FacebookTwitter

Monica and I have had the pleasure for the past two evenings of taking a walk at Lake St. Clair ("Metro Beach") Metropark. Wednesday night's walk was preceded by a picnic beside the river. The weather has been perfect, the bugs minimal, and the views fantastic. We have been surrounded by joggers and cyclists, individuals, pairings and groups of all sizes. There are children running in the fountains, and others on the new playscape ... people from multiple ethnics and socioeconomic backgrounds united in one community. And everyone that we have noticed had come to the park to relax and enjoy.

Last night, when we returned home, I turned on the Tiger game (mistake number one?) and then opened up my iPad to browse through FaceBook (mistake number two?). The view of the world on my iPad was noticeably different from what I had experienced during our walks. While I was looking to do a little catching up on what was occurring in the lives of family and friends, it seemed like over 90% of what I found was polarizing, political or 'pukey' ... casting a very different light on the world than the one I saw on our walks. And, yet, I know, in both viewings, I was looking at the same world!

What a vivid reminder to me that, as much as things change, all the more they stay the same ... and that we live not in paradise, but in paradox.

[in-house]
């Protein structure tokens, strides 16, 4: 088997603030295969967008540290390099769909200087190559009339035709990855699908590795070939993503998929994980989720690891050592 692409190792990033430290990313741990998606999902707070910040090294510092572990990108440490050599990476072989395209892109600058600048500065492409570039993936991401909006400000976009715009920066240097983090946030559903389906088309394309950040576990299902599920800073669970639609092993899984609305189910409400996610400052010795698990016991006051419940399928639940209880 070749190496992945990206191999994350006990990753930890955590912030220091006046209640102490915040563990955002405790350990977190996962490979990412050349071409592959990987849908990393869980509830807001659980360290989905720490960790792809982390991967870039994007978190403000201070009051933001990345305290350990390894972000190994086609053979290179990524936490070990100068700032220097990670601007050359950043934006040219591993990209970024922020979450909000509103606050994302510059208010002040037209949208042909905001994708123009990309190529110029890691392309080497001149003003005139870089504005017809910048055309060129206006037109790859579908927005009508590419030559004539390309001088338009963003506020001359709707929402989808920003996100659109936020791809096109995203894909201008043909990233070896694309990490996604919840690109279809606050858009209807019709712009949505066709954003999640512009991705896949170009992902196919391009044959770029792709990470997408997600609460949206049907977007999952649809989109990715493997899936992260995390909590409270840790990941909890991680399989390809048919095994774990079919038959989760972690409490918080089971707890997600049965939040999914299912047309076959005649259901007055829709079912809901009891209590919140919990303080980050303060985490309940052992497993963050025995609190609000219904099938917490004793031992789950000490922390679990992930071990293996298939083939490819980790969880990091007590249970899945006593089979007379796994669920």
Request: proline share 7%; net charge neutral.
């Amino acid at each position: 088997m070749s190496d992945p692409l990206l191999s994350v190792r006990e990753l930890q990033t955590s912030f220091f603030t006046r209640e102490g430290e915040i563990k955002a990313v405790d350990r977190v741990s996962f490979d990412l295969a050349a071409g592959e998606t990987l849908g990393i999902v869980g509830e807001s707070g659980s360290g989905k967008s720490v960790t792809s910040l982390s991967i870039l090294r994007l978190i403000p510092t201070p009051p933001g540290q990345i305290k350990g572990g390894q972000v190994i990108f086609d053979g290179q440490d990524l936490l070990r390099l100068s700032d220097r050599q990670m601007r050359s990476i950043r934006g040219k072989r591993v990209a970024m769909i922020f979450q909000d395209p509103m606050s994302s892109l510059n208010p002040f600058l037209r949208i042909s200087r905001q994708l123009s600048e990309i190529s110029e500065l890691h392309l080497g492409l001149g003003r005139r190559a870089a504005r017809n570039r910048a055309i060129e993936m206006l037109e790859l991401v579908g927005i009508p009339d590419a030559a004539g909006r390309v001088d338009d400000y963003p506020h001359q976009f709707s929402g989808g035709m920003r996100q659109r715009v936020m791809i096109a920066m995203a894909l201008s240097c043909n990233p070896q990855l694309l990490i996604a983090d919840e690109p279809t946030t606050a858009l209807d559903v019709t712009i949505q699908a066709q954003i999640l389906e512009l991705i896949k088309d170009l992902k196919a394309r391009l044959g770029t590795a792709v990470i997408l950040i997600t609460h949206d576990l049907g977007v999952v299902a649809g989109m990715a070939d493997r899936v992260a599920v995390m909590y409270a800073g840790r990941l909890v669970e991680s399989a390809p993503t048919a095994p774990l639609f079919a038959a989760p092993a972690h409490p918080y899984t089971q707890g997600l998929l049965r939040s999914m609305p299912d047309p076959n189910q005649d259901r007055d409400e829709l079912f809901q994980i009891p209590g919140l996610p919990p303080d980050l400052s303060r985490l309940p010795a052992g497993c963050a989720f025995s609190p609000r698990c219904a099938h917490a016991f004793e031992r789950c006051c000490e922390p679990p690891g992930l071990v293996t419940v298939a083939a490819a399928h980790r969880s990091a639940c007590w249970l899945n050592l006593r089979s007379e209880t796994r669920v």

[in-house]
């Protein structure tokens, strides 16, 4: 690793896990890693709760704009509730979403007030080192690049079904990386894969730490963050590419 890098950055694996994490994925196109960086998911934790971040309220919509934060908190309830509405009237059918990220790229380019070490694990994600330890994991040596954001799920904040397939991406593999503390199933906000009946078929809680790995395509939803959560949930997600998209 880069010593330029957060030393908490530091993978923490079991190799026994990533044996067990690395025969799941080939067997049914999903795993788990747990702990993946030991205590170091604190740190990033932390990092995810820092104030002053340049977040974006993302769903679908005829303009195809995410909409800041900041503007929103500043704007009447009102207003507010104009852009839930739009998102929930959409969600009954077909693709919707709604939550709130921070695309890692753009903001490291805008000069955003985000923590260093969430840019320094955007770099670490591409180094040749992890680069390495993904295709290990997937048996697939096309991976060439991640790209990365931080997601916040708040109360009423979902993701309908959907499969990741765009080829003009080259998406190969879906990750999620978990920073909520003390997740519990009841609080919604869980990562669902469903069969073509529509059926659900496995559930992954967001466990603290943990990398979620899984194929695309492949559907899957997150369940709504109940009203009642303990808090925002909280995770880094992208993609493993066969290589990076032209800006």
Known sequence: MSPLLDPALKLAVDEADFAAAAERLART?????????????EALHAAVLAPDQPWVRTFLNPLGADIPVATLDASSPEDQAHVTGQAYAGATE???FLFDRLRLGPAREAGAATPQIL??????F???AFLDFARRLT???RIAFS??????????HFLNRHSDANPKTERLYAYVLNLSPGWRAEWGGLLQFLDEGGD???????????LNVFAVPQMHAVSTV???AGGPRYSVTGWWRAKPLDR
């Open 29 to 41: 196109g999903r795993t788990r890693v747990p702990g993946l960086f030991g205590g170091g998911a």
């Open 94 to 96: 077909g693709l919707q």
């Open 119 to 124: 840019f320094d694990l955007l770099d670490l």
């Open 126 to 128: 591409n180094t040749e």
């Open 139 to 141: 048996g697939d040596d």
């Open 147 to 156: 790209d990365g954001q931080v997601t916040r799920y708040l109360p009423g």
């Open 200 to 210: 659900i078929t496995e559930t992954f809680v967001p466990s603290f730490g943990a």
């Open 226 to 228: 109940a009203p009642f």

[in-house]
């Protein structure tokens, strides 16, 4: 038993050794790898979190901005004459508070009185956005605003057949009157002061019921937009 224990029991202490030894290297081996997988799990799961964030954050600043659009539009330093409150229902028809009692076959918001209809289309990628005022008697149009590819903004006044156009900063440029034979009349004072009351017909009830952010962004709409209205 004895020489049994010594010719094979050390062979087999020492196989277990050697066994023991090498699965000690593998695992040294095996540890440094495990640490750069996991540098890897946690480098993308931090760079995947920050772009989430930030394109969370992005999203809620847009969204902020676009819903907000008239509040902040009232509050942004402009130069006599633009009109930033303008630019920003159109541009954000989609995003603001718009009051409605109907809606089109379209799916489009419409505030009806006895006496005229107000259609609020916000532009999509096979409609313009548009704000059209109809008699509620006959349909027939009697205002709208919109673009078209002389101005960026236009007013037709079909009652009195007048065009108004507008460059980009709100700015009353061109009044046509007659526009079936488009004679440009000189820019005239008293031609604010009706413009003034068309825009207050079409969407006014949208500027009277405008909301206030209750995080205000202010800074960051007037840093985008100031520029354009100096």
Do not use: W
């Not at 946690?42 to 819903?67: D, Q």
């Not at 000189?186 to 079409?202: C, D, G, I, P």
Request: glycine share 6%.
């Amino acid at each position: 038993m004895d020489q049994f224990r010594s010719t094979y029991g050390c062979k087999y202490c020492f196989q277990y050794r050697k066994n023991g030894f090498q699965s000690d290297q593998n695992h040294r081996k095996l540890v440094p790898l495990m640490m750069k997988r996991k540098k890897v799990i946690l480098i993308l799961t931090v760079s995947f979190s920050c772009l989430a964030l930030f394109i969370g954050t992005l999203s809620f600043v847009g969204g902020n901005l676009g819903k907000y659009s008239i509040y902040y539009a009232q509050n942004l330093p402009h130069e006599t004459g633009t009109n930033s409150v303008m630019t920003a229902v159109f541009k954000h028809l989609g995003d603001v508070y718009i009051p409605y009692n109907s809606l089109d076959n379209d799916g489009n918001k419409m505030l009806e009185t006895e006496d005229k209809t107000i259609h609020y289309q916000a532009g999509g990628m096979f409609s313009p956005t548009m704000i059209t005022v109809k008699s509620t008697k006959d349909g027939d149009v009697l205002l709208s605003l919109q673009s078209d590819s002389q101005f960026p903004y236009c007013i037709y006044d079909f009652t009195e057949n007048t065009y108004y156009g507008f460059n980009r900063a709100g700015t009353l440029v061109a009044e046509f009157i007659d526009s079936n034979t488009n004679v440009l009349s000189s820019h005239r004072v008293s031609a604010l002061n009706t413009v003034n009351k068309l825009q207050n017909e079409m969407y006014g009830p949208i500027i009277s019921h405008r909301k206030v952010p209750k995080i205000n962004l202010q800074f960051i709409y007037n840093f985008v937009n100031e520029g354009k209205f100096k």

The Good News: "The earth and everything in it, the world and its inhabitants, belong to the Lord ... (They) will receive blessing from the Lord, and righteousness from the God of (their) salvation. Such is the generation of those who inquire of him, who seek the face of the God of Jacob" (Psalm 24.1, 5-6). The Bad News: "All have sinned and fall short of the glory of God." (Romans 3.23). The Hopeful News: "From now on, then, we do not know anyone from a worldly perspective ... If anyone is in Christ, he is a new creation; the old has passed away, and see, the new has come! Everything is from God, who has reconciled us to himself through Christ and has given us the ministry of reconciliation." (2 Corinthians 5.16, 17-18)

In a world polarized by bullying, bitching, and blaming, "In Christ, God (is) reconciling the world to himself, not counting (our) trespasses against (us), and he has committed the message of reconciliation to us." (2 Corinthians 5.19) In other words, God has placed and kept you and me in this world to build bridges not canyons. His vision is a giant, world-wide metropark in the midst of the paradox ... which, ultimately, leads to paradise replacing the paradox.

But how does this happen? As I read from one author this morning, "We need bridges that balance public proclamation with congregational incarnation. Bridges that are suspended by the steel cables of the Great Commandment and the Great Commission." Or, as Jackie DeShannon, et. al. sang way back in the 1960's, "What the world needs now is love sweet love" ... love in action in the world we view in the win the 'parks' of our lives ... love in the words we post on FaceBook ... love in word and deed that daily directs everyone toward the author, creator and giver of love ... our Lord Jesus Christ.

Lord Jesus, in midst of the pains, problems and paradoxes of my life, use me to build bridges that connect individuals to you and to one another.

We have 70 guests and no members online